Electric Vehicles and Gas Tax

            Across the United States an average of just over a third of all highway spending comes from a gas tax imposed by the state, with further funding being provided by a federal gas tax. It ranges across states from as low as 4.5 % of funding for highway spending in Alaska to as high as 78% in Indiana. Gas taxes account for over 50 billion dollars in annual revenue for state and local governments with an additional 36 billion in funding from the federal government. The majority of this funding goes towards roadway upkeep. 

            The Federal government’s gas tax is not indexed to inflation and has not been raised in nearly 30 years. As such, the actual value of the gas tax has been falling for decades as inflation rises. With each passing year the federal government provides less support to the states from the gas tax. The majority of states have likewise failed to keep pace with inflation. This has left some states (which previously had robust highway funding) in dire situations unable to pay for maintenance of the nation’s roadways. With the increasing popularity of electric vehicles and increasing costs to upkeep national infrastructure, the support provided by the gas tax is on track to fall even further.

            How can governments replace this critical transportation funding in a world where people are not buying gas? Currently governments get funding from a variety of other user-based systems including tolls and from license fees. Each of these has its own problems. Tolls can make transportation more inaccessible for the poor or create a class-stratified transportation system. In New York, a drive from Albany to Buffalo that does not require tolls takes an extra 45 miles and 60 minutes compared to a tolled route. In North Carolina, a tolled express lane is available with a higher speed limit allowing for people to pay to move faster through the area around Charlotte. In both cases, people are able to pay for advantages on the road. These stratifications help fill in gaps that the faltering gas tax has left in its wake. 

            License fees vary by state. With the exception of Oklahoma, all states require ongoing costs to keep an active license. This cost ranges from 2 to 16 dollars per year. This is considerably less money than each state raises from the average driver in gas taxes. Neither tolls nor license fees are likely to be able to replace the state and federal revenue of the gas tax. Existing proposals for new ways to tie infrastructure usage to funding run into logistical problems of their own. 

            One of the most popular proposals is Vehicle Miles Traveled (VMT), which ties the amount of taxes paid to the number of miles a vehicle drives. The most obvious problem with this solution is how to know how many miles each vehicle travels. One possible solution is to tie it to annual vehicle inspections, requiring a report of mileage traveled in the preceding 12 months. However, particularly for trucking, apportioning the taxes between states would be a nightmare. Without tracking vehicles there is no way to know which states roads a vehicle travelled on and thus who should benefit from the taxes paid on a vehicle. If the taxes are not apportioned, companies will likely register vehicles wherever taxes are lowest even if they are primarily driving on other roads.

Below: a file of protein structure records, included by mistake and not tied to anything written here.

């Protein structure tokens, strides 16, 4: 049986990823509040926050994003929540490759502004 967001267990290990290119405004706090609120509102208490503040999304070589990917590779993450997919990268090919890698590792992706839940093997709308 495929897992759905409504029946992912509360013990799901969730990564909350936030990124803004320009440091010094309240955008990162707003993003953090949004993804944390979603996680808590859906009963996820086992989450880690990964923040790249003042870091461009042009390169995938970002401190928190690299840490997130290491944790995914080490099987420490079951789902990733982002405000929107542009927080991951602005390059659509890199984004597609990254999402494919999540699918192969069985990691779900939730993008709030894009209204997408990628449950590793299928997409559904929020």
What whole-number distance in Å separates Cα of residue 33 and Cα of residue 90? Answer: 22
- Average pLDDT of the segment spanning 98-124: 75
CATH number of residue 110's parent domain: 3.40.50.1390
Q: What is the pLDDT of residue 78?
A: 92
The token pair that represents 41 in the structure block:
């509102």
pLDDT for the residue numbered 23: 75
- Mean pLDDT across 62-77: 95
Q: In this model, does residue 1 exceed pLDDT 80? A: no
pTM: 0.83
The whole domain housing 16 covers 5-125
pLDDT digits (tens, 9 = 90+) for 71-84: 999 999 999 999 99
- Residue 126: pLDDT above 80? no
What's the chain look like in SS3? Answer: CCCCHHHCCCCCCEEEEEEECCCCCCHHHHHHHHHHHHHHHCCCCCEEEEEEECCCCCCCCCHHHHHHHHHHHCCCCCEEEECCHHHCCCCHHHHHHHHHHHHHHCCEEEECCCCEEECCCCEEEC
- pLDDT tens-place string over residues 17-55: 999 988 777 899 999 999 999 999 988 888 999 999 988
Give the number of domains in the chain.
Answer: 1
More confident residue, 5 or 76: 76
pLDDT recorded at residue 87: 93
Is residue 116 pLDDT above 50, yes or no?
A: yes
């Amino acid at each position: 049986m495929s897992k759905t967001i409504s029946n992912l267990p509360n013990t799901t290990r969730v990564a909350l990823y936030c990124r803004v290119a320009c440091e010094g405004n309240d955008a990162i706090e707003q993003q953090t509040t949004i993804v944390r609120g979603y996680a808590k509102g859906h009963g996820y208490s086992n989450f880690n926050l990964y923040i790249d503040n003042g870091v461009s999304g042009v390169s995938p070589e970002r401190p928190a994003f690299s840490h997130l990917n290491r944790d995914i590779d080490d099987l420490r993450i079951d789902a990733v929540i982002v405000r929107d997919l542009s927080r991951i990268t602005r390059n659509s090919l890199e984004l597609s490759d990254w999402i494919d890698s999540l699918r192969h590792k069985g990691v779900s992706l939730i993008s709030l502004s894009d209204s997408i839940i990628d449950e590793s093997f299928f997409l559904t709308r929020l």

The more complicated solution is to track vehicles and apply taxes to miles travelled by state. This would eliminate the issue of paying taxes to fund infrastructure while using private roads, which is often a problem with farm equipment that uses tremendous amounts of gas but never touches a road. However, it would require cars to be equipped with tracking technology for the purpose of paying taxes. This would likely be unpopular and create massive privacy concerns with people. 

            Another proposal is to charge an additional tax on EVs and fuel-efficient vehicles to compensate for their lower gas tax rates. This takes away part of the incentive for purchasing these cars, which we largely want to encourage as much as possible. Over the lifetime of a vehicle, including pollution from manufacturing and generating electricity, an EV is projected to produce half the pollution of a gas-powered car. Removing any incentive for using vehicles that cause less pollution is a concern. 

            Currently President Biden is proposing a pause on the federal gas tax to alleviate some of the inflation in gas prices. This could give us an early look into what type of revenue the country will have to upkeep its roads in the future. In this phase of transition to EVs it is difficult to decide on a path forward while still attempting to push forward with mass adoption of EVs. 

For now, the nation’s infrastructure will continue to suffer until we come up with a solution. The trouble is that, while we have emergent infrastructure needs, the emergency is often overlooked until it is too late. After two years of the COVID-19 pandemic reducing travel, and now, high gas prices keeping people home as much as possible, the situation is becoming more dire. There are more than 46,000 structurally deficient bridges in the United States, and we are paying less than ever in gas taxes to fix them. 

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